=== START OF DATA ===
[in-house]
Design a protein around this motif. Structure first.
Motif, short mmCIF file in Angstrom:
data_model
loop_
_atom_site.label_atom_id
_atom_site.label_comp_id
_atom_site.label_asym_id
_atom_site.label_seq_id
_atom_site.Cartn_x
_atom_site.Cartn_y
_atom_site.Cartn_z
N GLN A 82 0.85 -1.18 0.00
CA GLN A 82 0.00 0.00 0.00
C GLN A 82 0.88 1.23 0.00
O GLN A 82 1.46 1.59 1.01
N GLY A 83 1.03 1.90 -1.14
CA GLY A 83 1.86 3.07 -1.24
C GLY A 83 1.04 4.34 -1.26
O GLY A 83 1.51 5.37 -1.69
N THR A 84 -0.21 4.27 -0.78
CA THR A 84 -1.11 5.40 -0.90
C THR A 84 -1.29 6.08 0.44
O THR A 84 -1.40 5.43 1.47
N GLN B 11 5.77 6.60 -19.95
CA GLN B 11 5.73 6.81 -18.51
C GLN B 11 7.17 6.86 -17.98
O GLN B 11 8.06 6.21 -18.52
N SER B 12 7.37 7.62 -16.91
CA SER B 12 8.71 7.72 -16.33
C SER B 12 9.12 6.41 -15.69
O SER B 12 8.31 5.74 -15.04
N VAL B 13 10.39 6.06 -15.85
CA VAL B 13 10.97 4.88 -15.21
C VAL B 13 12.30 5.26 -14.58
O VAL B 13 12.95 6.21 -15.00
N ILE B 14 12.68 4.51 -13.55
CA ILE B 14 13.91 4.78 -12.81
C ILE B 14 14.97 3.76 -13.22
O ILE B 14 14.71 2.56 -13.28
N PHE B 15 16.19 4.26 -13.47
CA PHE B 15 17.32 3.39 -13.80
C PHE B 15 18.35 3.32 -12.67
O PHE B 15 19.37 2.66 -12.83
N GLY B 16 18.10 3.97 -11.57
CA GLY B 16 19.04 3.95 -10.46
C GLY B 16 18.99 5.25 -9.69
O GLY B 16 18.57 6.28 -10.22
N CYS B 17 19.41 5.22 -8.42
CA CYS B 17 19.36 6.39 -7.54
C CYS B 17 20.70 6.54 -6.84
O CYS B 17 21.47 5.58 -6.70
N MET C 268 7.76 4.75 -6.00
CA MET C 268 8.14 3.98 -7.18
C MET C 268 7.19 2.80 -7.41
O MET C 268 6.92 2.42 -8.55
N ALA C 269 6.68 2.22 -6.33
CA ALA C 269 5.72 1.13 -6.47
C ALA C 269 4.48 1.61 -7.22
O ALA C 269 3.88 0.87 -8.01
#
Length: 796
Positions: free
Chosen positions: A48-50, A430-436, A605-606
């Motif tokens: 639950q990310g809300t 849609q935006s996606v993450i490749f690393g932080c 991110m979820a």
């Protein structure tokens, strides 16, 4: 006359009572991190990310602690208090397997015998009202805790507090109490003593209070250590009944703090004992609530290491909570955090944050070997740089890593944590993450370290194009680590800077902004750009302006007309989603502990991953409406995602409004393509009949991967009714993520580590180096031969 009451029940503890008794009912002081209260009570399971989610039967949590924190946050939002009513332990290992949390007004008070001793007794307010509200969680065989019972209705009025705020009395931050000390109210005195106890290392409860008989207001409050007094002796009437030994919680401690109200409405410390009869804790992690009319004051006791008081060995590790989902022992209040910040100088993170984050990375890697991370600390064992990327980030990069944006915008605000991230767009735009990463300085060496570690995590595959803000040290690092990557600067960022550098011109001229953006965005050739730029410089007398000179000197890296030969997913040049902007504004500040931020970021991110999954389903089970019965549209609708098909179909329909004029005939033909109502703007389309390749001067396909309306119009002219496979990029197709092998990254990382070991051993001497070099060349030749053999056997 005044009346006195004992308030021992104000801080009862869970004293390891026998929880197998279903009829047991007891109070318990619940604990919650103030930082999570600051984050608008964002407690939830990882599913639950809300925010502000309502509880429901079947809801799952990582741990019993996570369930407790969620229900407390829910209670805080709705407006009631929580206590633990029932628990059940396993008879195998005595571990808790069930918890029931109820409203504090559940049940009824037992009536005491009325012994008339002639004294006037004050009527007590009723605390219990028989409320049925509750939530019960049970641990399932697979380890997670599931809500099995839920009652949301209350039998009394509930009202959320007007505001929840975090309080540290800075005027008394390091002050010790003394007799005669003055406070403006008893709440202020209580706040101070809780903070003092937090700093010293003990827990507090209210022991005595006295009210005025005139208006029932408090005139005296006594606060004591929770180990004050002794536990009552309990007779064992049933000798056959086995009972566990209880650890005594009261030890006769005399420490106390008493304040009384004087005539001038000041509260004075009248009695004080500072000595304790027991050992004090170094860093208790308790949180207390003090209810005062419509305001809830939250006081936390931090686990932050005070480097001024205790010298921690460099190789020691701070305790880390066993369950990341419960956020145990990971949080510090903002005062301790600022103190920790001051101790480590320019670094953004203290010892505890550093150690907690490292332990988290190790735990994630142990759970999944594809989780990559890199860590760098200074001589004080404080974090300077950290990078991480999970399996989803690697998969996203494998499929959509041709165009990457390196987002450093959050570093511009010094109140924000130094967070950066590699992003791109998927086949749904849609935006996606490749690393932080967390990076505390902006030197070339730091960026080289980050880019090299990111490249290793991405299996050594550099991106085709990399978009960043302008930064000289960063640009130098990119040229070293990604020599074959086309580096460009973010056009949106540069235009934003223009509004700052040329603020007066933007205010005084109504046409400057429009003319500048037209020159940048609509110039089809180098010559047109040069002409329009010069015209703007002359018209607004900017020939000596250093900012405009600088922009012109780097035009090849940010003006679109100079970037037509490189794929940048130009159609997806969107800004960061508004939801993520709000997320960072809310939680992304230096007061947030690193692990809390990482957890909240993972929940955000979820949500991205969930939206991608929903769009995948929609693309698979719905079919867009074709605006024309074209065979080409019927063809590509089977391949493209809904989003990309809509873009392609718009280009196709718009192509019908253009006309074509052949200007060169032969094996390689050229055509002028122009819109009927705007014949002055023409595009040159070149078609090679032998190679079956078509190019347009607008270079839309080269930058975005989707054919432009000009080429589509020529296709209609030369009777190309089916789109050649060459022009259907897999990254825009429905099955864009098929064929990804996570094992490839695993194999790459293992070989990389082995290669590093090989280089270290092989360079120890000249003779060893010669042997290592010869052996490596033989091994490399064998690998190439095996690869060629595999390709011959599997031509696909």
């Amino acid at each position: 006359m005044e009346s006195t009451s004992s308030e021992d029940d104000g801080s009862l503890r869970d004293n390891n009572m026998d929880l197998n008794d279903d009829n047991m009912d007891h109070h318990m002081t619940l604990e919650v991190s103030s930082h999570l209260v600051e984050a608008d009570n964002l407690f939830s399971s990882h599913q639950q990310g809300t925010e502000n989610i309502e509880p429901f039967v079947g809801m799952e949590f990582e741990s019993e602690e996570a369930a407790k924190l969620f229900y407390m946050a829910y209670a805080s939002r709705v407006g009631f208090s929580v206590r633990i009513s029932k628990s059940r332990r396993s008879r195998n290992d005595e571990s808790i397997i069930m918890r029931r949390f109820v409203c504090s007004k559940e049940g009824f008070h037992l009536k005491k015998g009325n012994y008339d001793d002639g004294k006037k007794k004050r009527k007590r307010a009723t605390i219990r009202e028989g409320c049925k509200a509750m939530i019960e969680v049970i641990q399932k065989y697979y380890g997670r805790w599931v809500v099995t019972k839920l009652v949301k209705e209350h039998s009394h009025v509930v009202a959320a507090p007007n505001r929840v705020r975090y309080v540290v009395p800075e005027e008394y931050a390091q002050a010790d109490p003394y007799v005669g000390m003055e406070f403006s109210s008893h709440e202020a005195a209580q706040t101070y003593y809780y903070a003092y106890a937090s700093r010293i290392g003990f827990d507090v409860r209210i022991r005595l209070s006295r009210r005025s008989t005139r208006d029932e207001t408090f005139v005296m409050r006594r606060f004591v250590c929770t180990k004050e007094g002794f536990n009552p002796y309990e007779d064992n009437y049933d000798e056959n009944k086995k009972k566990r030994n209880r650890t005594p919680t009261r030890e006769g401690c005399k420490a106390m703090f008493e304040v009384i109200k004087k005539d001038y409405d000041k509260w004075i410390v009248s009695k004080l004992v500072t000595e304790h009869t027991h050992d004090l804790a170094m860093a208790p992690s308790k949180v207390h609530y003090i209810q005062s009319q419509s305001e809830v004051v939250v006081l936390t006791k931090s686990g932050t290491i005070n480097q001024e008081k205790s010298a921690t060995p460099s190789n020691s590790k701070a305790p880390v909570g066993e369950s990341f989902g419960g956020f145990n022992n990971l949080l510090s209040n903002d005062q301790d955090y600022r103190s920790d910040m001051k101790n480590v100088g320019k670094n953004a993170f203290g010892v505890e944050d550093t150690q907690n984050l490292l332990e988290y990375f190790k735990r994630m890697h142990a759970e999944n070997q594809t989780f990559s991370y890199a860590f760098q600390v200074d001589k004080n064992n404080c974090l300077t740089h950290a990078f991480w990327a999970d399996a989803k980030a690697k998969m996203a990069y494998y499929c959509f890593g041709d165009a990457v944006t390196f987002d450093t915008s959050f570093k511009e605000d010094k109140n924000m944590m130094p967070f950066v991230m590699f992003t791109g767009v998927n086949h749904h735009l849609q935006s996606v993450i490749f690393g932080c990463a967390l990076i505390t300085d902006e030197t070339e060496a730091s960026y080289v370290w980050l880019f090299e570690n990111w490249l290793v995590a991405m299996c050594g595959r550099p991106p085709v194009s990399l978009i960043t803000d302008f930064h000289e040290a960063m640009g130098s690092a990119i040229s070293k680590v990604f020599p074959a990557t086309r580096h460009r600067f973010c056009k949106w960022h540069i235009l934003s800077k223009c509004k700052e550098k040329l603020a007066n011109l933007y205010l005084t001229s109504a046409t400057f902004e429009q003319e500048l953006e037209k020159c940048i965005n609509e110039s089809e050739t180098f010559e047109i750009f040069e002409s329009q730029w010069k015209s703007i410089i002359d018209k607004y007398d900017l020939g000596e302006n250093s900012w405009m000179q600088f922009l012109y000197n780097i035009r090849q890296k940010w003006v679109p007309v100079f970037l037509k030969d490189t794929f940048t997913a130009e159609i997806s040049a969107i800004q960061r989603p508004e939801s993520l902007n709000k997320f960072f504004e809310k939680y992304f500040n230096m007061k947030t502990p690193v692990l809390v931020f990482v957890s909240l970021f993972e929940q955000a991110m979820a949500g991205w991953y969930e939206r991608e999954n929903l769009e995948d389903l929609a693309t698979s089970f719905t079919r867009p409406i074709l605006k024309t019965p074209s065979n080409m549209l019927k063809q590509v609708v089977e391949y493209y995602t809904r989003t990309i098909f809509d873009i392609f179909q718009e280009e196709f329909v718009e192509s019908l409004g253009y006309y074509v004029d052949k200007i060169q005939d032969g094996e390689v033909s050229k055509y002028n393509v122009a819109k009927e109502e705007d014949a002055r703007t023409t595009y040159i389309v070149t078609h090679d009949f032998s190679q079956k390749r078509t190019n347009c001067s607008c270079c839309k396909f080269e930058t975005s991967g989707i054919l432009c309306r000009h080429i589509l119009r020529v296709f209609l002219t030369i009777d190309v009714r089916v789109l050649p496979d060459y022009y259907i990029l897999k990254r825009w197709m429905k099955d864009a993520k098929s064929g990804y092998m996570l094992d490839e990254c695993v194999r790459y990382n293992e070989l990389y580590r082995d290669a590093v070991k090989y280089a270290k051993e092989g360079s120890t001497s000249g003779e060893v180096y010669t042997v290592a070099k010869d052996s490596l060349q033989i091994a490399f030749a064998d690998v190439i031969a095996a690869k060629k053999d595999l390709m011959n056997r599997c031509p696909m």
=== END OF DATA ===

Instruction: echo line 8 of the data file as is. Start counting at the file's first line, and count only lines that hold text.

_atom_site.label_asym_id